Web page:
TL; DR Breakdown
- SEC charged three media companies with illegal digital assets and stock offerings.
- Many pointed out that the SEC’s current approach lacks clarity.
A storm is brewing between the cryptocurrency sector and the regulators charged with overseeing the booming cryptocurrency sector, where the risks of investing continue to multiply. Things are quite heated up with Coinbase vs SEC so let’s have a look at how things are shaping up.
On Tuesday, Gary Gensler, the newly appointed Securities and Exchange Commission Chairman, did little to clarify cryptocurrency-related controversies, including the battle with Coinbase, the premier crypto trading platform planning to launch a crypto lending product Coinbase Lend, later this year.
However, Gensler pointed out that the cryptocurrency sector is “rife with fraud, scams, and abuse in certain applications. We can do better.”
According to Gensler, the SEC is set up to promote investor protection, facilitate capital formation, and anything else. This procedure has been illustrated in recent months as the SEC has aggressively pursued alleged bad actors in the crypto world.
Recently, the SEC charged three media companies with illegal digital assets and stock offerings. At the start of September, the crypto lending platform, BitConnect, and its top executive were charged $2 billion for fraud. In the previous month, a crypto exchange, Poloniex, was charged $10 million by the SEC for operating an unregistered business that sold digital securities.
Coinbase and the SEC
As Brian Armstrong, CEO of Coinbase, illustrated in a viral Twitter post last week, tensions are rising among regulators and crypto industry players. The tension between the SEC and Armstrong stems from Coinbase’s new lending product.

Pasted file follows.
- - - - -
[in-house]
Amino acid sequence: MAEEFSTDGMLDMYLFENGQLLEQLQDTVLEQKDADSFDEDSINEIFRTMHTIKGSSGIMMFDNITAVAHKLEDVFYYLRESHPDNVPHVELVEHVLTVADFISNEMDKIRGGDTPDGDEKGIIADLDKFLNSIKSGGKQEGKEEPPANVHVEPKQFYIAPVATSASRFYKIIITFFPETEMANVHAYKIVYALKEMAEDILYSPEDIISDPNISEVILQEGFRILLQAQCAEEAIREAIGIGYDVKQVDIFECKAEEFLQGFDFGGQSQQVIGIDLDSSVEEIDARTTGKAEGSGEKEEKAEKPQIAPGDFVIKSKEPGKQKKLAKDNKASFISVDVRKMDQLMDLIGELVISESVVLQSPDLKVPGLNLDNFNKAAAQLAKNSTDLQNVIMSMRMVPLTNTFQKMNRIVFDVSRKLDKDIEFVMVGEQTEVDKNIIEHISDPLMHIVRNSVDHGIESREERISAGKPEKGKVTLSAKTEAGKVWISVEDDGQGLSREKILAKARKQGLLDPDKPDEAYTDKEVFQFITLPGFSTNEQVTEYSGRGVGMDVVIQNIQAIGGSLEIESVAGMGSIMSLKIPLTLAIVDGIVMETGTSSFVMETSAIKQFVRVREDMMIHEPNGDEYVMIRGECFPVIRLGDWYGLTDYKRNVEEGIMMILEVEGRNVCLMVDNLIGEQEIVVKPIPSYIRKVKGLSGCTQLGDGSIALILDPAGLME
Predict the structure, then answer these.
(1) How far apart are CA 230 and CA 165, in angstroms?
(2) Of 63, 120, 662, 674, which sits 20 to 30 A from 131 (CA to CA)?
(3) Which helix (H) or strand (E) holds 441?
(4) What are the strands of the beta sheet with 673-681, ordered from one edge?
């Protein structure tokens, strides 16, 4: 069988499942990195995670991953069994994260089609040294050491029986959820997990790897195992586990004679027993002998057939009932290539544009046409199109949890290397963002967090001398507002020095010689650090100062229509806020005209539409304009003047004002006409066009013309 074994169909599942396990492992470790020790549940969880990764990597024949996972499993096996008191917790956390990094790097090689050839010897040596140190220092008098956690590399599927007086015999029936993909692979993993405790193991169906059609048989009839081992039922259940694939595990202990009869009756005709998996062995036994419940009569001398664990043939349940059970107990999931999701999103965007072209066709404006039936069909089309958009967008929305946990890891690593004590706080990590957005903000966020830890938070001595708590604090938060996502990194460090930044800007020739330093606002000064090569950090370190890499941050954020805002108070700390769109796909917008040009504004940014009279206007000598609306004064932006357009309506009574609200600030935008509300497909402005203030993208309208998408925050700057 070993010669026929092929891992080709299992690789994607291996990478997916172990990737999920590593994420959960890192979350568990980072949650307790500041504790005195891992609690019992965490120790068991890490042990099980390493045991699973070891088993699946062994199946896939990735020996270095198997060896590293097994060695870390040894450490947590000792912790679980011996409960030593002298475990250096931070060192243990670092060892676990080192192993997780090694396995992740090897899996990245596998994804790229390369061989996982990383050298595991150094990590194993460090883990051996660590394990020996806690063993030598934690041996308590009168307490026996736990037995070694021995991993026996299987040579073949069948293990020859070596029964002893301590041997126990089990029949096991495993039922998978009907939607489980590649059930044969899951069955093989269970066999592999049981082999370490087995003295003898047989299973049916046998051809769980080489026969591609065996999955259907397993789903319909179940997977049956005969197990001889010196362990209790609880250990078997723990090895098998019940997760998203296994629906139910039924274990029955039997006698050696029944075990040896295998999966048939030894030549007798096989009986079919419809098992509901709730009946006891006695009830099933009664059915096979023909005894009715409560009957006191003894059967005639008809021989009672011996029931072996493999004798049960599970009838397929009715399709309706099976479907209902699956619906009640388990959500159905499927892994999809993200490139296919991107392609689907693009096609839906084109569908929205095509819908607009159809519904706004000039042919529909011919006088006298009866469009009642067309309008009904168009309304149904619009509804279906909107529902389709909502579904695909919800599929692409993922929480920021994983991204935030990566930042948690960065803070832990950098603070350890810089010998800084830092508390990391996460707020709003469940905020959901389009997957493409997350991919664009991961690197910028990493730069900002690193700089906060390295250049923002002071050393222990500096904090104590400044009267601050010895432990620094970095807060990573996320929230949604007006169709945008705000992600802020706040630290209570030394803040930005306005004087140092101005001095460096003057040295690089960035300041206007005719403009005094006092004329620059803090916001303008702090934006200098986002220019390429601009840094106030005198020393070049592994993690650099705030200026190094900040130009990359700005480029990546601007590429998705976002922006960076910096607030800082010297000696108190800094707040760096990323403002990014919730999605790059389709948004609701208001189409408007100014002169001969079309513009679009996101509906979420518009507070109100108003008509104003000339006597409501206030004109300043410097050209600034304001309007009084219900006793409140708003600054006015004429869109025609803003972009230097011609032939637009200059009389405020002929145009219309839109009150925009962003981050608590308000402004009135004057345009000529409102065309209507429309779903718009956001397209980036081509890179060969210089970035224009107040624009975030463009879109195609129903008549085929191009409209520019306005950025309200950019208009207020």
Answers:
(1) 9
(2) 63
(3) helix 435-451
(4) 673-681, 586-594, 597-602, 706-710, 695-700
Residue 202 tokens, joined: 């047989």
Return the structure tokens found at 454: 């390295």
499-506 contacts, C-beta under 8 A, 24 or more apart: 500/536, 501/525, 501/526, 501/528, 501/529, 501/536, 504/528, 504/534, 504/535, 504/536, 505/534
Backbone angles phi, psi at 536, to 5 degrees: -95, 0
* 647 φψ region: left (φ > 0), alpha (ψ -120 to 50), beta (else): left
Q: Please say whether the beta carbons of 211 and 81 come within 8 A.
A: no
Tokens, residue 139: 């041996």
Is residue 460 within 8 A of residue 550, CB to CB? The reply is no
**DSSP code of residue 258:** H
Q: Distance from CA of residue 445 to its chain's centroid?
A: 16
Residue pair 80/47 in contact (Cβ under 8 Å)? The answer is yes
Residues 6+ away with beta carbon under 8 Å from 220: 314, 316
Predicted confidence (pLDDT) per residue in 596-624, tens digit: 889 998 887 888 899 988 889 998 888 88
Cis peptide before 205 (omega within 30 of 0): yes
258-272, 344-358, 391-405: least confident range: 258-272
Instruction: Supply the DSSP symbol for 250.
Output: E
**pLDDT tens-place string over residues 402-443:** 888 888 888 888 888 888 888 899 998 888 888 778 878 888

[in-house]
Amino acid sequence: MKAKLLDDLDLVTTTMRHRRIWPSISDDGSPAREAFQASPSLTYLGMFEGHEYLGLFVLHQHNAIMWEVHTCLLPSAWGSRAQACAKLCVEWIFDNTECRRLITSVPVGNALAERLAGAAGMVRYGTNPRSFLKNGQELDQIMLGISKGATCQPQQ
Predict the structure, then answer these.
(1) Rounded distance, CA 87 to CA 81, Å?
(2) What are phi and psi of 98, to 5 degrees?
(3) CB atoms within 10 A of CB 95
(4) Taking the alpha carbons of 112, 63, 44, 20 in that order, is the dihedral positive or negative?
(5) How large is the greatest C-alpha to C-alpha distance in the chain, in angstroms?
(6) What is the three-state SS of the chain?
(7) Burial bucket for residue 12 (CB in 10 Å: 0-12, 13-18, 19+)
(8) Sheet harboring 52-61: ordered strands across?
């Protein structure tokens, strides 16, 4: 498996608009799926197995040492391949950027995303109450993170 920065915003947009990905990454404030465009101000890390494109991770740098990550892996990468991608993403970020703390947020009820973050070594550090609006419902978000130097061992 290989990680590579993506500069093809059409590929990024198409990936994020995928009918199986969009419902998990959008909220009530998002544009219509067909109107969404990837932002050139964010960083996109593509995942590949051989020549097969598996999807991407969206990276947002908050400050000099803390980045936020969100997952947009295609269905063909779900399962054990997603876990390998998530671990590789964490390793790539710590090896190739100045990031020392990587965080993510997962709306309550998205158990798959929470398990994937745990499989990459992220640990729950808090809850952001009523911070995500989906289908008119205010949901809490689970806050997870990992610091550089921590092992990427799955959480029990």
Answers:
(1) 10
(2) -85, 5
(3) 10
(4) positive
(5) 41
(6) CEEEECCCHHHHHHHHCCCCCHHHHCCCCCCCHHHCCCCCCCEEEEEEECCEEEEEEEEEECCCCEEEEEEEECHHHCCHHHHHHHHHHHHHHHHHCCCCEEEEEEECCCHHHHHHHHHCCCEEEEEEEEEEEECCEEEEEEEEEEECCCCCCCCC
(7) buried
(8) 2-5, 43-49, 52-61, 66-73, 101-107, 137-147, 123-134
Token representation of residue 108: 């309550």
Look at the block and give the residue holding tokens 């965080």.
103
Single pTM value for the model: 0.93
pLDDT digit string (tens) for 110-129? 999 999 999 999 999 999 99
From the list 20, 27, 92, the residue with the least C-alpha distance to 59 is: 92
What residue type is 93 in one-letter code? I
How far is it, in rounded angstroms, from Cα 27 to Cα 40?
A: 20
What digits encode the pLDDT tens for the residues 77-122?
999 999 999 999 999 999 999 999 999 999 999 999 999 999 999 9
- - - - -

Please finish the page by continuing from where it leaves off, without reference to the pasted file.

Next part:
According to what Brian Armstrong revealed on Twitter,
Coinbase’s lending product will be lower than other crypto lending businesses with a proposal offering a 4% APY (annual percentage yield) on USDC (USD Coin), which is a stablecoin pegged to the U.S. dollar. However, the agency still classified the lending product as security.
Armstrong isn’t alone in taking issue with the SEC. Other crypto market players have publicly expressed frustration with the regulators, who reportedly inquire closely into the popular DeFi (decentralized finance) platform UniSwap.
Crypto market players also pointed out that the crypto industry has been asking the SEC for clarity on these very issues for years. Nic Carter, crypto investor and chairman of Coin Metrics, said
They aren’t providing much in the way of proactive guidance but rather leaving founders to read the tea leaves based on enforcement. But the enforcements are patchy and scattered.
Others have criticized this approach by the SEC and called it “regulation by litigation.” Because of the growing number of crypto projects, on Tuesday, Gensler admitted,
“Funding-wise, we could use a lot more people.”
Many pointed out that the SEC’s current approach lacks clarity. Jennifer Schulp, Director of Financial Regulation Studies at the Cato Institute, pointed out that determining whether or not a digital asset is a security remains far from clear. This problem was put on display by Gensler on Tuesday.